Sarah is the last person to list reasons for her actions. At first she couldn’t decide whether to interview with Mrs. Poulteney, so she went to see her former employer, Mrs. Talbot. Mrs. Talbot was kind and had offered to have Sarah back, and she wanted to help her. She was haunted by an image from the romantic literature of her youth in which a pursued woman jumped off a cliff in terror, lit by lightning. Thus, she advised Sarah to take the job, and though Sarah is intelligent, she trusted the stupid Mrs. Talbot.
Throughout the novel, Sarah often seems impossible to understand, so it’s significant that the narrator suggests that she herself doesn’t always quite know why she acts the way she does. Mrs. Talbot tells herself another story about Sarah, conflating her with a character in an overblown, romantic novel. This imagined story indirectly influences Sarah’s decision, showing the way that stories act in the world.
Sarah’s intelligence would not show up in modern tests, as it is not analytical. Instead, it allows her to fully understand people. It’s as though she has a computer in her heart that allows her to see the truth of people instead of seeing how they present themselves. This ability is not based on morality, seeing as she did not, in fact, stay with a female cousin at Weymouth.
Even though no one seems able to understand Sarah, she understands everyone else, giving her some private power over them. Fowles uses another anachronism here, comparing Sarah to a computer even though they don’t exist in her time. He also suggests that she did sleep with the French lieutenant.
Sarah’s insight, along with her education, have cursed her life. She went to a female seminary in Exeter, which she paid for by working in the evenings. Her fellow students looked down on her, so she read much more in her loneliness than they did. As a result, she sees and judges those around her as fictional characters. Unfortunately, her education made her a victim of the class system; she no longer belongs to her own class, but neither does she belong to a higher one. This makes it difficult to find a husband.
Sarah has never belonged and has always been an outcast. Though education is supposed to improve people’s lives, hers has made her too intelligent to fit in with the lower class, but neither has it raised her up to the middle class. If she sees her fellow humans as characters, then she also sees her life as a story that she can rewrite and manipulate.
Sarah’s father sent her to school because he was obsessed with his ancestry. Many generations ago, the family had perhaps been related to Sir Frances Drake, and definitely owned a manor. When Sarah returned home at eighteen, she quietly watched as he boasted of this ancestry, and her silence irritated him. He made a terrible bargain in buying a farm, and eventually went mad from trying to seem gentlemanly while going bankrupt. He died in an insane asylum, and Sarah went to work for the Talbots. Whenever she’s had suitors, she’s seen all of their faults too clearly, and so she seems doomed to spinsterhood.
Sarah’s family background is reminiscent of Thomas Hardy’s Tess of the D’Urbervilles. Both Sarah and Tess experience adverse effects when their fathers become obsessed with their supposed noble heritage, just as both become outcasts because they’re seen as fallen women. In any case, Sarah’s father was ruined by the desire to ascend in social status, a pursuit that generally causes strife in this novel.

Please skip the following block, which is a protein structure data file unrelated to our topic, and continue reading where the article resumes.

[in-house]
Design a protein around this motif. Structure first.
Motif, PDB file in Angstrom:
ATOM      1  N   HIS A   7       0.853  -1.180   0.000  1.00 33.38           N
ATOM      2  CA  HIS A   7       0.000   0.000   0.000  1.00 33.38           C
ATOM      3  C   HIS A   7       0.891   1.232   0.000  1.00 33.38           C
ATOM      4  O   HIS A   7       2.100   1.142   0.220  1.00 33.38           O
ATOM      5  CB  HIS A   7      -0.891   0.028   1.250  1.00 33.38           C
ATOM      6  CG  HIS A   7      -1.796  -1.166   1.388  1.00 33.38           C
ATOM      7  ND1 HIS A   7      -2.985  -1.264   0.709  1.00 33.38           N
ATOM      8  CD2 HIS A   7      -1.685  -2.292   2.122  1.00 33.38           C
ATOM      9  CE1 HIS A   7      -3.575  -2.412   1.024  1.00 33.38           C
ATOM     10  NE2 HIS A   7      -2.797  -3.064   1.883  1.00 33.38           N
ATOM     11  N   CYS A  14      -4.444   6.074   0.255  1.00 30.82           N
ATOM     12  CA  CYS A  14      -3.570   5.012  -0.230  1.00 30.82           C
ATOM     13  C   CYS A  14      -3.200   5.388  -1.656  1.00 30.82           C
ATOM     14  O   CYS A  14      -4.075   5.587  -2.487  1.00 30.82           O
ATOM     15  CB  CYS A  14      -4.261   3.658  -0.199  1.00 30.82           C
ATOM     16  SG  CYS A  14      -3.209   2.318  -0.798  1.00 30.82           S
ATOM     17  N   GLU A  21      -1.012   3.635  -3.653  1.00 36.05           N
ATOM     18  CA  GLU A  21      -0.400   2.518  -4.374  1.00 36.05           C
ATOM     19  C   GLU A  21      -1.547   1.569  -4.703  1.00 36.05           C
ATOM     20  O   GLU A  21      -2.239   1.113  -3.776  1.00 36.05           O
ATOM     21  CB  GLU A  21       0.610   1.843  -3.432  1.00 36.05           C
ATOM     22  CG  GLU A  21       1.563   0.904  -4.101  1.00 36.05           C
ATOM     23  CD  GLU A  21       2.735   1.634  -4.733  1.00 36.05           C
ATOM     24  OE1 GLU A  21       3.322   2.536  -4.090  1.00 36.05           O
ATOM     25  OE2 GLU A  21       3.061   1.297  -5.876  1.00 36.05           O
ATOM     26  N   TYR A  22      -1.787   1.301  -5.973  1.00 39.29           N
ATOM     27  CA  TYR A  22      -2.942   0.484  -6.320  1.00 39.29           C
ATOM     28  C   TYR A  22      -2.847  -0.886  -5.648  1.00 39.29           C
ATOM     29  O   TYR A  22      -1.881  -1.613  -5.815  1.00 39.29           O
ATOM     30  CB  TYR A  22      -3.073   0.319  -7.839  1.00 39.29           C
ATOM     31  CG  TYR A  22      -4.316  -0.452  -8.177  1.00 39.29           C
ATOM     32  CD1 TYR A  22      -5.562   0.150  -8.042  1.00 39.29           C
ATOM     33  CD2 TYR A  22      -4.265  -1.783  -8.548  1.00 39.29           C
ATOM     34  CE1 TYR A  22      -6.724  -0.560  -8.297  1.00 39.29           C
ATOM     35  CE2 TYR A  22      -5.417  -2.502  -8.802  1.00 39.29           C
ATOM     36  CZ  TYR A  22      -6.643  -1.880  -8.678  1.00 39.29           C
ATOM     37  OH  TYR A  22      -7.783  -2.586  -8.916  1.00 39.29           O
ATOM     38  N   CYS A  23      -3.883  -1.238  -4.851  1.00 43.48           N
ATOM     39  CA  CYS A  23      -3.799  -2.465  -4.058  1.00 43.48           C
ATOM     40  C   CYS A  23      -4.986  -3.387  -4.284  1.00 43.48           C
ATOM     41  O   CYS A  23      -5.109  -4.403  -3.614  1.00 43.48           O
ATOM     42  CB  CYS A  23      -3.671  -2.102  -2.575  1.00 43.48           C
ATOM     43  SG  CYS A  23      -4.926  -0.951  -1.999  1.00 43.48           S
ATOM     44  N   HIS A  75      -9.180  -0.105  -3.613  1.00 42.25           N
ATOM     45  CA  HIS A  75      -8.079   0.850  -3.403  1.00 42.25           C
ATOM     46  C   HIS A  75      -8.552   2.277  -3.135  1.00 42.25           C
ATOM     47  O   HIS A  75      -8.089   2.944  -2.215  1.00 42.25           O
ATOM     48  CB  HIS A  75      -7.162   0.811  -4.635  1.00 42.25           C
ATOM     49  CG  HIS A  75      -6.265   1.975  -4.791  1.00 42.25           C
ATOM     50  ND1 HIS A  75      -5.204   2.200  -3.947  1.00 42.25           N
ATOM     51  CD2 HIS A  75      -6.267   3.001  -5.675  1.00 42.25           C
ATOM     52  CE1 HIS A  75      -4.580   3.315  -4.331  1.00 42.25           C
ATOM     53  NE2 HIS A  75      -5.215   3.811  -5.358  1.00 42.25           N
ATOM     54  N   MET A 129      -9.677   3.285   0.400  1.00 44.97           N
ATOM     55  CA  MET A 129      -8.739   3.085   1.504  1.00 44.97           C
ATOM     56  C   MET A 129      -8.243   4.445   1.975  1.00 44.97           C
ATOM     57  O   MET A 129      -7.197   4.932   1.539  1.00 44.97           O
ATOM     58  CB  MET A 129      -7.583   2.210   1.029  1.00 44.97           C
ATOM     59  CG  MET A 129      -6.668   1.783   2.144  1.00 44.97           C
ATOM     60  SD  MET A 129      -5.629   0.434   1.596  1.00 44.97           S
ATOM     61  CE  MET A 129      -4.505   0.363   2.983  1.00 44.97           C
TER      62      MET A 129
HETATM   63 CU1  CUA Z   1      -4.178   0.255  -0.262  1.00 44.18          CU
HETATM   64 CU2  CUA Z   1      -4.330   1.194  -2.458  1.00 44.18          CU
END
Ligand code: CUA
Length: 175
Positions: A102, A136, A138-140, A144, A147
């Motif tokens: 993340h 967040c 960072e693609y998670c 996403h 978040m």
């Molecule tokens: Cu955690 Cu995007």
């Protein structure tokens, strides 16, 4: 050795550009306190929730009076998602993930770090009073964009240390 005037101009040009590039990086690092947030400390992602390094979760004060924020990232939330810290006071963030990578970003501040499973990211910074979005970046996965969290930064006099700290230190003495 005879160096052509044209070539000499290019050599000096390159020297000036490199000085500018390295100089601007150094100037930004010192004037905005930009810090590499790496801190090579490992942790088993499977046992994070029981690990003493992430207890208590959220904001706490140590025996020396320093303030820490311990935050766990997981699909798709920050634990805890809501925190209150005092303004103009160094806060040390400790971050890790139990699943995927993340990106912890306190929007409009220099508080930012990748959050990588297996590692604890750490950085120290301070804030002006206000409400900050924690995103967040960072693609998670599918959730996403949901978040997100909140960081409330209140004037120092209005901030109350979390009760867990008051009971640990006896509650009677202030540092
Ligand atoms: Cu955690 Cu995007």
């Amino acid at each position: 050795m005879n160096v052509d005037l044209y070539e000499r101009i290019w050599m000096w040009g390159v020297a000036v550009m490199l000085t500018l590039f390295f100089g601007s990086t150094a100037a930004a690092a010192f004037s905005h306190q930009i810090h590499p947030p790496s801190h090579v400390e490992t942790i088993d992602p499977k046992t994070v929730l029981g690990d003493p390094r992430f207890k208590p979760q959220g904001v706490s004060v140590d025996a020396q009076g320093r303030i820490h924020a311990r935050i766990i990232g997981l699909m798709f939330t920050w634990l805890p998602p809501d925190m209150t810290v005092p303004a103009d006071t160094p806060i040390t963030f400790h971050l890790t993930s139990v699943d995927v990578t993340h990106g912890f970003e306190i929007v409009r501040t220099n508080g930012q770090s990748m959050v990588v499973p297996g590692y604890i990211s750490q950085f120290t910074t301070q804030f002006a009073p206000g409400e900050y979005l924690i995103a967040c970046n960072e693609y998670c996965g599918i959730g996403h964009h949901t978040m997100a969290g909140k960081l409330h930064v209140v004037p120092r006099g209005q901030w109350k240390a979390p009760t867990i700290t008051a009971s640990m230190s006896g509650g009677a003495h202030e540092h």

Let’s imagine that on the afternoon that Charles is walking down the shore, Mrs. Poulteney makes a list of pros and cons about Sarah. First, Sarah has created a happier atmosphere among the servants, as none have been fired since Sarah came to work at Marlborough House a year before. A few weeks after Sarah began, Mrs. Poulteney discovered that a maid had failed to water some ferns, and she tried to fire the girl, who began to weep. Sarah was in the room and, remarkably, asked a question that contradicted Mrs. Poulteney—she asked Millie whether she was all right. She discovered that in fact Millie had been fainting. After Sarah put her to bed, Mrs. Poulteney asked what she should do about Millie, and Sarah gave in to convention by saying she should do what she thought best. Mrs. Poulteney pretended to be kind in the matter, and Sarah began to learn how to handle her.
The narrator steps outside the story here to speculate with the reader about what kind of list Mrs. Poulteney might make about Sarah. This technique helps make the novel feel more like a conscious construction on the part of the writer. Sarah has introduced compassion into Mrs. Poulteney’s house. This is the first time the reader really sees Sarah’s capacity for boldness; while everyone else is completely cowed by Mrs. Poulteney, Sarah, in spite of being dependent on her charity, doesn’t hesitate to stand up to her cruelty. This incident, and Mrs. Poulteney’s submission to Sarah’s opinion, also shows Sarah’s talent for manipulating people.
The second item on the list would be Sarah’s voice. Mrs. Poulteney demands that her servants attend frequent religious services, some of which she presides over. They usually seem frightened and meek in the face of her readings, but Sarah’s beautiful and sincere voice makes the servants actually religious. In the evenings, Sarah reads the Bible to Mrs. Poulteney alone, and her voice has even managed to make the lady cry. The difference between the two women is that Mrs. Poulteney believes in a God that never existed, and Sarah believes in one who does. Sarah speaks very directly of the biblical stories, as though she sees them happening. Once she stopped reading because she was crying, which Mrs. Poulteney feel much more sympathetic towards her. Sarah sees through the trappings of religion as she sees through people. Her essence is understanding and emotion.
Sarah’s voice is one indication of her rather mystic power that was perhaps first glimpsed in that initial scene on the Cobb. Her genuine spiritual feeling counters Mrs. Poulteney’s superficial, self-serving religiosity. The narrator suggests that Mrs. Poulteney’s vision of a strict and calculating God is entirely wrong, while Sarah’s is more accurate. However, it’s difficult to know exactly how Sarah does imagine God. Again, Sarah’s power comes in part from her ability to tell a good story—her readings deeply affect people who haven’t been affected by Mrs. Poulteney’s readings of the same texts.